Guardian Building

Guardian Building, photo by Michael G Smith

Sometimes I find things and forget to post about them. A couple weeks ago, there was a feature from WXYZ in Detroit that the Detroit’s Penobscot Building plans to open observation deck:

New York has the Empire State Building and Rockefeller Center, Chicago has the Hancock Observatory, but the doors to our city’s skyline have been closed for decades.

That’s changing, thanks to the historic Penobscot Building’s new plans to re-open its observation deck.

Kim Farmer has worked at the building since the 1990’s. She has seen owners come and go, but these new plans are what she calls, “pretty gutsy moves.”

“We plan on lighting up here, LED lights comparable to the Empire State Building,” the Vice President of Operations and Leasing told WXYZ.

There are plans to incorporate a banquet facility, and a ticket fee to reach the top. The goal is to complete the observation deck project by summer 2016.

Read on for more and thanks  for the find!

Michael took this shot a couple of years ago from the Penobscot. View it big as a building and see more in his Wirt Rowland, Architect slideshow.

PS: Read more about the Penobscot (once the 8th tallest building in the world and now 2nd tallest in Detroit) and the Guardian Building on Michigan in Pictures. They were both designed by Wirt C. Rowland, who was a heck of an architect!

 

Icebreaking on the St Marys River

Icebreaking on the St Mary’s River, photo by U.S. Coast Guard Air Station Traverse City

Here’s an aerial shot of the 228-foot Canadian Coast Guard Ship (CCGS) SAMUEL RISLEY working in partnership with U.S. Coast Guard’s Sault Ste. Marie Sector on icebreaking operations in the St. Mary’s River last weekend. They write:

USCG Sector Sault Ste. Marie is also in high gear kicking off the 2015 Operation Taconite season, as ice continues to build daily across the Great Lakes. US Coast Guard and Canadian Coast Guard icebreakers are conducting around the clock icebreaking operations to assist commercial vessel traffic in the connecting waterways of Lake Superior, Lake Michigan, and Lake Huron.

Operation Taconite is the largest domestic icebreaking operation in the US. Over water shipping offers the only effective means of transporting the vast amounts of iron ore from the mines at the Head of the Lakes in Minnesota needed to meet the demands of steel mills in Lake Erie and Lake Michigan. Operation Taconite is primarily responsible for ensuring the successful transport of this cargo amid the harsh winter conditions of the northern Great Lakes.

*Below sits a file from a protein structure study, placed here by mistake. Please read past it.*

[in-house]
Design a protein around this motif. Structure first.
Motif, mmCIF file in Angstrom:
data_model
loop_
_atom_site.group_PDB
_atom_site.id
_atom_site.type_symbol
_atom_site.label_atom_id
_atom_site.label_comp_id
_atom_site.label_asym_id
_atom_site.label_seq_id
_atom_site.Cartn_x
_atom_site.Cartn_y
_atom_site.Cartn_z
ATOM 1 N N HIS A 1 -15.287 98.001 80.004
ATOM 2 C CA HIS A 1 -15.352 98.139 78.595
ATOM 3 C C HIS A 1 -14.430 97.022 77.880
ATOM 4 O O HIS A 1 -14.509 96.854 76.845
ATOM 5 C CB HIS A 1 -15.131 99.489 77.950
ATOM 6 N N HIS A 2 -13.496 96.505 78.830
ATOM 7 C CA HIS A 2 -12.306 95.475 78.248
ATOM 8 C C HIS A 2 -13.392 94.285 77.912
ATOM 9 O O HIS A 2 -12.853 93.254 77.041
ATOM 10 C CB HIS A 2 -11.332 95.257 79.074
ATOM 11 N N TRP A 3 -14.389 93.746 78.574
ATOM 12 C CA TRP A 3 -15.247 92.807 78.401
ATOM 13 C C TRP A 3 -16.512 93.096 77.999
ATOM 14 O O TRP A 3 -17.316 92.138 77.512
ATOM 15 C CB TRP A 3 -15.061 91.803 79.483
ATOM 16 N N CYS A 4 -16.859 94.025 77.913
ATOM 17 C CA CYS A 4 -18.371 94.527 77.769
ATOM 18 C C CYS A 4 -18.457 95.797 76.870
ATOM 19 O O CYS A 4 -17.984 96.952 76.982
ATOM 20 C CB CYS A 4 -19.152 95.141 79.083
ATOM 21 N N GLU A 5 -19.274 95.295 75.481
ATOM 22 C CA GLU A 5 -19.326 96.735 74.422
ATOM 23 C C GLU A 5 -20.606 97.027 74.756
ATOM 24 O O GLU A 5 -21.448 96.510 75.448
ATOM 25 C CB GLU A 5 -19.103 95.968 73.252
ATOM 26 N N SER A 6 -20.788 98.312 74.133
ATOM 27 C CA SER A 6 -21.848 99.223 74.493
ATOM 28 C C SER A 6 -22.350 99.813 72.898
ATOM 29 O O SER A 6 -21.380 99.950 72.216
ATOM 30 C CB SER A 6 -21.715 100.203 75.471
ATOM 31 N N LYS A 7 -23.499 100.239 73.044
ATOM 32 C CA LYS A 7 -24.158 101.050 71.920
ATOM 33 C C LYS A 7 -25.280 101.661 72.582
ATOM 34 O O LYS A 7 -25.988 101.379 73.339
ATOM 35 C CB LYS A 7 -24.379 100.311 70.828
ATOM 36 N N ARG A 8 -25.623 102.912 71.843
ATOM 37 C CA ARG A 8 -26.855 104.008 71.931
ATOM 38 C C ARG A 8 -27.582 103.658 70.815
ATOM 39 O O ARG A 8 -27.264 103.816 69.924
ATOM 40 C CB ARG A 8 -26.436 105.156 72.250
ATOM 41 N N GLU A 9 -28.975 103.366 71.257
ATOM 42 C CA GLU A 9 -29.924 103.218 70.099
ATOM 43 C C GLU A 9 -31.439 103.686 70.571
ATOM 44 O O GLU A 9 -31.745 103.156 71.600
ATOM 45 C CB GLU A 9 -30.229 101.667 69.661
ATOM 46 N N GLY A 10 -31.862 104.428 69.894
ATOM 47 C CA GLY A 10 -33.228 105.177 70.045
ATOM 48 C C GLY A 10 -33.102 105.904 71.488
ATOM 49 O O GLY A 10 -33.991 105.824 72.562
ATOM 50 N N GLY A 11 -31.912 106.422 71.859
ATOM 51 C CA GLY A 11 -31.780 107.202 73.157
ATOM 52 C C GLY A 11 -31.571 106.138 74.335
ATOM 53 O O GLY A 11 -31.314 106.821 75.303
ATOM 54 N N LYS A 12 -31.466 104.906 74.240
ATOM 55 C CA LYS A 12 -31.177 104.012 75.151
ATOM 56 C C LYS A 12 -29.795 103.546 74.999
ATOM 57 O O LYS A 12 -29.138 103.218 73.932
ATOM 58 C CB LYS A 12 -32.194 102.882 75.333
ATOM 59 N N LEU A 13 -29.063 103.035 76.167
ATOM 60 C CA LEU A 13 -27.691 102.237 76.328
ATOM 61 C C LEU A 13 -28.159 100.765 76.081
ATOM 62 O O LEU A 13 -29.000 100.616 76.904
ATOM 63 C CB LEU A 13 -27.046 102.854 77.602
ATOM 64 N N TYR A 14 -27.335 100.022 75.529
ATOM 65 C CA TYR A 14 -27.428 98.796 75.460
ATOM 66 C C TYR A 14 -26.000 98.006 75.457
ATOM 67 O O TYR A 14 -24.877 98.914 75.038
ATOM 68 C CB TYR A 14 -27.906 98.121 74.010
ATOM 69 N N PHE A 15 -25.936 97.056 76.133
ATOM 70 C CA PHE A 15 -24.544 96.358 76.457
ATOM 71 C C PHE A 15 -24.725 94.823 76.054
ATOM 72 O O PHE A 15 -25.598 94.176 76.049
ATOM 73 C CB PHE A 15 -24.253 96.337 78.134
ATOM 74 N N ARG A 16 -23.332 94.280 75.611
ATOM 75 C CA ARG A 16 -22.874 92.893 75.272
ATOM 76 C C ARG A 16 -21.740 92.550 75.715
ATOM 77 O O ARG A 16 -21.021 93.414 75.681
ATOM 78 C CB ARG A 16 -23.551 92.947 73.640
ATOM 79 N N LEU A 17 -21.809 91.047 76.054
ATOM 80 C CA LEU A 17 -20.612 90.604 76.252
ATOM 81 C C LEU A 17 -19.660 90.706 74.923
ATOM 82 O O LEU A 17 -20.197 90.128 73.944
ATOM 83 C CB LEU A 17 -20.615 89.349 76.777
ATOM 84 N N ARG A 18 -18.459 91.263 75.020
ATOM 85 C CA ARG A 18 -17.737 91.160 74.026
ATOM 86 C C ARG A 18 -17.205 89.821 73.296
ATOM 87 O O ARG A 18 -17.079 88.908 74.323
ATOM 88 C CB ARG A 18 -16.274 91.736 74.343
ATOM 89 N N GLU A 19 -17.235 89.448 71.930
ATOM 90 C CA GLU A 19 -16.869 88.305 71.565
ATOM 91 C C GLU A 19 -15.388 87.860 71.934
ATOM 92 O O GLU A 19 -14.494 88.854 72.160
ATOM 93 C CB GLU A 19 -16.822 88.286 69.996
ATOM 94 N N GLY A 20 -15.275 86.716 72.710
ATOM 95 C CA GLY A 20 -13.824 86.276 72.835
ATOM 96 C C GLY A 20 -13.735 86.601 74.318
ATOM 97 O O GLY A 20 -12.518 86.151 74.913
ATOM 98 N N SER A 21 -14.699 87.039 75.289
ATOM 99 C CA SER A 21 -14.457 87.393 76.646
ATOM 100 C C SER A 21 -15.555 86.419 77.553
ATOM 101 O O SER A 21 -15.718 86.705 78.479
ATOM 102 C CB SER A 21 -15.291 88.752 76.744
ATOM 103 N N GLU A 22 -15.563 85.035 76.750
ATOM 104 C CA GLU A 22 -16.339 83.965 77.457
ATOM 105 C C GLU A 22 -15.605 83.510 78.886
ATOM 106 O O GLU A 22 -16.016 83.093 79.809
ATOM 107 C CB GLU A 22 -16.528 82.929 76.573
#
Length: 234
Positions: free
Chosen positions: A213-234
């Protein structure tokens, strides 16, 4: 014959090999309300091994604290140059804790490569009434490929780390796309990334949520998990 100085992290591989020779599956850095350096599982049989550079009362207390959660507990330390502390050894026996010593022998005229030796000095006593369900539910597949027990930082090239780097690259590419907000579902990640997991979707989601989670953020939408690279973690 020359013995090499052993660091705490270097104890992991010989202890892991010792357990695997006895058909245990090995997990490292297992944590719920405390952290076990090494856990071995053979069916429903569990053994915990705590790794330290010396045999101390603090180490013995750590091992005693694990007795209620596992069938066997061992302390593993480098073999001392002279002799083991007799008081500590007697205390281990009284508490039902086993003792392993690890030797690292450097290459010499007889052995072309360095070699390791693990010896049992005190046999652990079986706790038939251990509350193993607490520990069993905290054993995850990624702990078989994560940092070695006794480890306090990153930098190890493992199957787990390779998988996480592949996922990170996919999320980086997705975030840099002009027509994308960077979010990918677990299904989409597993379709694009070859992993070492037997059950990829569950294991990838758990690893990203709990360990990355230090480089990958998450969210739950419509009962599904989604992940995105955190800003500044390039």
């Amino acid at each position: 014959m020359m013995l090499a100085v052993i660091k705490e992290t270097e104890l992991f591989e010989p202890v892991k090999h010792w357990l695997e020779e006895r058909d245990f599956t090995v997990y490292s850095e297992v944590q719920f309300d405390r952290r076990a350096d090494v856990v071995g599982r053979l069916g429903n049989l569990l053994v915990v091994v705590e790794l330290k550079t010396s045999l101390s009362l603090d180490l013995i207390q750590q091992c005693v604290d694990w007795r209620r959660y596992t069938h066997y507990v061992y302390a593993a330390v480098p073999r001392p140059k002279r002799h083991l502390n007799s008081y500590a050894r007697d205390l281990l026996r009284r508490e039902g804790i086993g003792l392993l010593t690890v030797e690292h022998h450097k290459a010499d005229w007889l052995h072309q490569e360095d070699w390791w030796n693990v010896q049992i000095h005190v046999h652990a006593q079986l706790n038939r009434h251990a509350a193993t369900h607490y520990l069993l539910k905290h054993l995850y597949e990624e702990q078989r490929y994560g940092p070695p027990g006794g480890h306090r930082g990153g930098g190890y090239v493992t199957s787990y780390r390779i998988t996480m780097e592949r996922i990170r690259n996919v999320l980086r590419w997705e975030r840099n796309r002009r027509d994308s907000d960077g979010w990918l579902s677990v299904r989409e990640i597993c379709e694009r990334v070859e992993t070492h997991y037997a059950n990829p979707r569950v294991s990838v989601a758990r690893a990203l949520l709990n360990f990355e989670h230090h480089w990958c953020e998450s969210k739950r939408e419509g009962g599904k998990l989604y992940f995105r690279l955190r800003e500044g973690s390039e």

Air Station MH-65s routinely fly ice reconnaissance flights in support of the operation

The photo was taken by the crew of one of the Traverse City Coast Guard Air Station’s Dolphin helicopters. View it background bigtacular and click through for a shot of the USCG Icebreaker Mackinaw working to keep this vital shipping channel open.

There’s more winter wallpaper and more ships on Michigan in Pictures.

Happy New Year!

January 1, 2015

Happy New Year!

Happy New Year!, photo by Spring Disney

“I hope that in this year to come, you make mistakes. Because if you are making mistakes, then you are making new things, trying new things, learning, living, pushing yourself, changing yourself, changing your world. You’re doing things you’ve never done before, and more importantly, you’re doing something.”
~Neil Gaiman

Happy New Year everyone! Here’s hoping for health & happiness for all of you, but also a mistake or two as the incomparable Mr. Gaiman prescribes.

Spring Disney shared this photo from Elizabeth Park in Trenton for the 2011 New Year. View it bigger on Flickr and see more (including some absolutely stunning owl photos) in her My Favorites slideshow.

More bridges and more New Year on Michigan in Pictures.

Root Beer Falls

December 27, 2014

Tahquamenon Falls Root beer falls

Tahquamenon Falls, photo by Courtney Cochran

The Tahquamenon Falls are Michigan’s biggest waterfall and quite a sight to see in any season. It draws its name from the distinctive root beer color of the water which is created by the leaching of tannins from the cedar swamps that feed the river.

At its peak flow, the river drains as much as 50,000 gallons of water per second, making it the second most voluminous vertical waterfall east of the Mississippi River after only Niagara Falls.

View Courtney’s photo bigger and see more in her Landscapes slideshow.